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Presentation1.pptx, lecture for md oral examination.
Lecture for oral
Dr/ ABD ALLAH NAZEER. MD.
Hemolytic anemia is a disorder in which the red blood cells are destroyed faster than the
bone marrow can produce them. The term for destruction of red blood cells is hemolysis.
There are two types of hemolytic anemia, intrinsic and extrinsic:
The destruction of the red blood cells is due to a defect within the red blood cells
themselves. Intrinsic hemolytic anemia's are often inherited, such as sickle cell anemia
and thalassemia. These conditions produce red blood cells that do not live as long as
normal red blood cells.
Red blood cells are produced healthy but are later destroyed by becoming trapped in the
spleen, destroyed by infection, or destroyed from drugs that can affect red blood cells. In
severe cases the destruction takes place in the circulation. Possible causes of extrinsic
hemolytic anemia include:
Infections, such as hepatitis, cytomegalovirus (CMV), Epstein-Barr virus (EBV), typhoid
fever, E. coli (escherichia coli), mycoplasma pneumonia, or streptococcus
Medications, such as penicillin, antimalaria medications, sulfa medications, or
Leukemia or lymphoma
Autoimmune disorders, such as systemic lupus erythematous (SLE, or lupus), rheumatoid
arthritis, Wiskott-Aldrich syndrome, or ulcerative colitis
What are the symptoms of hemolytic anemia?
The following are the most common symptoms of hemolytic
anemia. However, each individual may experience symptoms
differently. Symptoms may include:
Abnormal paleness or lack of color of the skin
Jaundice, or yellowing of the skin, eyes, and mouth
Intolerance to physical activity
Enlargement of the spleen and liver
Increased heart rate (tachycardia)
Thalassemia major. (A)
Lateral radiograph of the
skull demonstrating the
AP (B) and lateral (C)
radiographs of the knee
show marrow expansion,
thin cortex with sparse
trabeculae, and the
Erlenmeyer flask deformity
in the femur (B).
Radiograph of the hand (D)
hyperplasia with cystic
lesions. Axial CT image (E)
shows expansion of the ribs
and soft tissue masses
caused by extramedullary
Plain radiograph of a 4-year-old boy with sickle cell anemia, showing left
hip avascular necrosis (circle). Left femoral head has an irregular border
and multiple lytic and sclerotic areas with a patchy distribution.
Plain radiograph showing lytic and sclerotic areas with a patchy distribution
in the tibial shaft of a 7-year-old girl with history of infarction.
Multiple pseudofractures. Note the osteosclerosis and a brown
tumor in the region of the intertrochanteric line of the left femur.
Radiograph of the left hand
of a 6-year-old girl with
chronic renal failure shows
ulnar bowing of the distal
radius and ulna, mild
widening of the growth
plates associated with a
slight irregularity of the
coarsening of the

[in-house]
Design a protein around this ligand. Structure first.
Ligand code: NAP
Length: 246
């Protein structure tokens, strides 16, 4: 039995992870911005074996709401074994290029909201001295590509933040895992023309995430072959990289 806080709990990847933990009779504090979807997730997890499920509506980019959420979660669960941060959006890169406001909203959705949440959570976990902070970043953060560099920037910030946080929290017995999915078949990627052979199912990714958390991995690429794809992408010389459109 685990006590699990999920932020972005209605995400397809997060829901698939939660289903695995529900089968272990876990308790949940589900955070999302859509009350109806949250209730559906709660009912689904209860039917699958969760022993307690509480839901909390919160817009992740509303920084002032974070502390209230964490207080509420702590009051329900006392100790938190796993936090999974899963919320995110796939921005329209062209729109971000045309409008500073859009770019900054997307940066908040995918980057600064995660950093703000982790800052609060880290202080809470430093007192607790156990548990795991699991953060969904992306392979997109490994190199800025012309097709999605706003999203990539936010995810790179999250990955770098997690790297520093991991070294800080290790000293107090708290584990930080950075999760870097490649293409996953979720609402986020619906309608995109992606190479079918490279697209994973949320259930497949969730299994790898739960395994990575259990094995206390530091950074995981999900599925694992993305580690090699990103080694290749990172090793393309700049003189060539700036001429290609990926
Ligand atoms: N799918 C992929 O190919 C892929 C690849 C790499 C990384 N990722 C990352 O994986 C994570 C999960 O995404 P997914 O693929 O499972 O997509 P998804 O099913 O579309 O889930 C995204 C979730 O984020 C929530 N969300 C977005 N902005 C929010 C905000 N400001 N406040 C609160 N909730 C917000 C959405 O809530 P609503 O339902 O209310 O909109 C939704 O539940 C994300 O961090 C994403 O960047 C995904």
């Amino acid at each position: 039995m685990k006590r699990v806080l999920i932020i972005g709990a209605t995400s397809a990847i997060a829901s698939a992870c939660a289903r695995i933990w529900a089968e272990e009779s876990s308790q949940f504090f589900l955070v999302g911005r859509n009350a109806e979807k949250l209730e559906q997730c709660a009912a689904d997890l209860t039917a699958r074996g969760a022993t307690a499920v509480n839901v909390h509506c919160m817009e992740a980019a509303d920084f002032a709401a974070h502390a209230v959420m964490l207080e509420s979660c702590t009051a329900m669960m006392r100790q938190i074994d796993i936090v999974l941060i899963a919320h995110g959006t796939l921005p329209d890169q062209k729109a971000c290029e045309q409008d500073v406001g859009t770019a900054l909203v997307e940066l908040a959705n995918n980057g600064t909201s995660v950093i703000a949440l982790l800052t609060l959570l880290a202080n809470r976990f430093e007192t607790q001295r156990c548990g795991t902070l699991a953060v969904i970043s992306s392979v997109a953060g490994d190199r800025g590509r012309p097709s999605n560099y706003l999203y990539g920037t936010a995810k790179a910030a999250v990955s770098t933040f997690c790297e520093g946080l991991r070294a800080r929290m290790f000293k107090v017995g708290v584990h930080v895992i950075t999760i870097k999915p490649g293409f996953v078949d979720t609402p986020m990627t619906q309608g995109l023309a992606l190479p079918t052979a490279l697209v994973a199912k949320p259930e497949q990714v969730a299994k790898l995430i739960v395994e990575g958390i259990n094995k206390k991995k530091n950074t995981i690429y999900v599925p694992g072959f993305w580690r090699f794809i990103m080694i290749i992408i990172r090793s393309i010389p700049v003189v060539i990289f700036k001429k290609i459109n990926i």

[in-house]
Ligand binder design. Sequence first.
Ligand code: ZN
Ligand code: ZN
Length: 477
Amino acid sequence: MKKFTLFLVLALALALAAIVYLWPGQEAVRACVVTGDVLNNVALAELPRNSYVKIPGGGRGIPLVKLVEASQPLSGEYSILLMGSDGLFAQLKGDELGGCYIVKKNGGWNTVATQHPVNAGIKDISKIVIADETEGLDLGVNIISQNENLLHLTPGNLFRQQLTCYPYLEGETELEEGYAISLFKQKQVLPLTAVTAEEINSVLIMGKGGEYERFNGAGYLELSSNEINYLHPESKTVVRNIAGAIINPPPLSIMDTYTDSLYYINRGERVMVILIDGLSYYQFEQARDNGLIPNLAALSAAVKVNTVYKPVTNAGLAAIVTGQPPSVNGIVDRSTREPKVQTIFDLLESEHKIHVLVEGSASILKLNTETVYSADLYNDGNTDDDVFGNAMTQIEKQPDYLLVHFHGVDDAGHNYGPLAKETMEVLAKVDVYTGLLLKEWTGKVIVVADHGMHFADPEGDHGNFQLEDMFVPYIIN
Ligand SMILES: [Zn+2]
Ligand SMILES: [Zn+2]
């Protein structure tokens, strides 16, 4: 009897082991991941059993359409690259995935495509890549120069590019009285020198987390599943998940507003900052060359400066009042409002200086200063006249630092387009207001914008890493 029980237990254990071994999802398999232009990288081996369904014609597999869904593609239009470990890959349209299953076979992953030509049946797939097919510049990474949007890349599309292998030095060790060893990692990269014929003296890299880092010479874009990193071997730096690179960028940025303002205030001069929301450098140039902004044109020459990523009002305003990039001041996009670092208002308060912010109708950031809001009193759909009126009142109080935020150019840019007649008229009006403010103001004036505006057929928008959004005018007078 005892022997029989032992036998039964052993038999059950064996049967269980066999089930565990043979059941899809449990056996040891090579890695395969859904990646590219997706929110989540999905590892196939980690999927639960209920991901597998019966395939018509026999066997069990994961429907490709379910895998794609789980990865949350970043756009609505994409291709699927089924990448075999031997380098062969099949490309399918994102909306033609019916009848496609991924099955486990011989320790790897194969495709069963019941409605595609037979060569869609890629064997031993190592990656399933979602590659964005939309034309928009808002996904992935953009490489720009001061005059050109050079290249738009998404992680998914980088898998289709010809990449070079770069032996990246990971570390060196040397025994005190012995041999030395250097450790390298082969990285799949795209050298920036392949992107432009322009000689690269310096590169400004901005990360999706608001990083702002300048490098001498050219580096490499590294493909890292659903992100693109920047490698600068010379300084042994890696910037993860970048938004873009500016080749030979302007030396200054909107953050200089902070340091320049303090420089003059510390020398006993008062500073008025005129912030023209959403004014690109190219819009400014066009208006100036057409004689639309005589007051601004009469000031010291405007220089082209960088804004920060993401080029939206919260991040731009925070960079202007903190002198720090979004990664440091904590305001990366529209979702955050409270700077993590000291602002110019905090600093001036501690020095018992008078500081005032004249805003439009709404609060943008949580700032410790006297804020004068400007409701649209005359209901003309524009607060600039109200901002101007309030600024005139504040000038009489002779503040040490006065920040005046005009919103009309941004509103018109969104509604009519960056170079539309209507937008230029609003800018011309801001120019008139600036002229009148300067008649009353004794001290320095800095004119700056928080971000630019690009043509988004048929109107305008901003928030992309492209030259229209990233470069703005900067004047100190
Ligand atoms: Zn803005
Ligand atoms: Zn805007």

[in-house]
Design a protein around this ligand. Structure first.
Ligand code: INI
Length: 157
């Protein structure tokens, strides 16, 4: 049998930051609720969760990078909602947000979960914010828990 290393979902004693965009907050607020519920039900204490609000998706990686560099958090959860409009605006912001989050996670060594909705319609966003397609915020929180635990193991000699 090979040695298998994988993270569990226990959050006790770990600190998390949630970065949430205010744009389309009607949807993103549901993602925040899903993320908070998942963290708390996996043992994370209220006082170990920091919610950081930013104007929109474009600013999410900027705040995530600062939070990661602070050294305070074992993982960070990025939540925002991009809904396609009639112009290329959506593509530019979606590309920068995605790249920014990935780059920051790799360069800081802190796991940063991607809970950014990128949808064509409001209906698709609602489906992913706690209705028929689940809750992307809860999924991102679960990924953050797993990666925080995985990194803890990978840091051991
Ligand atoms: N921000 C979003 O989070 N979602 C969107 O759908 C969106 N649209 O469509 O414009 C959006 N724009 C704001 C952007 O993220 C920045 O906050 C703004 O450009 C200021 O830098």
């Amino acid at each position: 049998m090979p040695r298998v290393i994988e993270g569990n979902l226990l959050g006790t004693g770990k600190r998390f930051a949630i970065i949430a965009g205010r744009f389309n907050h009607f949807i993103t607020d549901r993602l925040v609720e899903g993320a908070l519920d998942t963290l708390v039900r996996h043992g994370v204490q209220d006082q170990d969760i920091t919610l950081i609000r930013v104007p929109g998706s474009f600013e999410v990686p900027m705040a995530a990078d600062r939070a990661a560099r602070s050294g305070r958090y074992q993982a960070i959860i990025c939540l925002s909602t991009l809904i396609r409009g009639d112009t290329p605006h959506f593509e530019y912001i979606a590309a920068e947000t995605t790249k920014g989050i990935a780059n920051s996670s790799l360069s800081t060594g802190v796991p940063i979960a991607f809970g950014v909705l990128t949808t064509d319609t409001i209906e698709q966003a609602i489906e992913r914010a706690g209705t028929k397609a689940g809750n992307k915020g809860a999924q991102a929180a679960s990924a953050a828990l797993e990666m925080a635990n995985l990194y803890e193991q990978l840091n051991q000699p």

trabecular pattern, and
periosteal new bone
formation around the
metaphyses of the
phalanges. The appearance
is that of rickets and/or
Plain radiograph of the skull of a 39-year-old woman demonstrates
malabsorption syndrome with the biochemical features of osteomalacia. The
image shows a granular pattern of the skull. Note the brown tumor (arrow).
Renal osteodystrophy (ROD) is the constellation of musculoskeletal
abnormalities that occur in patients with chronic renal failure, due to concurrent
osteomalacia (adults) / rickets (children)
secondary hyperparathyroidism (abnormal calcium and phosphate metabolism)
bone resorption, osteosclerosis, soft tissue & vascular calcifications
aluminum intoxication, e.g. if the patient is on dialysis
Imaging findings are many and varied :
osteopaenia : often seen early, thinning of cortices and trabeculae
salt and pepper skull
subperiosteal resorption : characteristic subperiosteal resorption may be seen on
radial aspects of middle phalanges of index and long fingers.
rugger-jersey spine : sclerosis of the vertebral body end plates
demineralization : usually subperisosteal, however it may also involve joint
margins, endosteal, subchondral, subligamentous areas, cortical bone or
soft tissue calcification
amyloid deposition : erosion in and around joint
Signs and symptoms:
Renal osteodystrophy may exhibit no symptoms; if it does show symptoms, they
include: Bone pain, Joint pain
Renal osteodystrophy is usually diagnosed after treatment for end-stage renal
disease begins. Blood tests will indicate decreased calcium and calcitriol (vitamin D)
and increased phosphate and parathyroid hormone. X-rays will also show bone
features of renal osteodystrophy (chondrocalcinosis at the knees and pubic
symphysis, osteopenia and bone fractures) but may be difficult to differentiate from
neoplasms - multiple myeloma, metastases; brown tumours can mimic primary
malignant tumour of bone; amyloid deposition may mimic PVNS or synovial
occult marrow abnormality.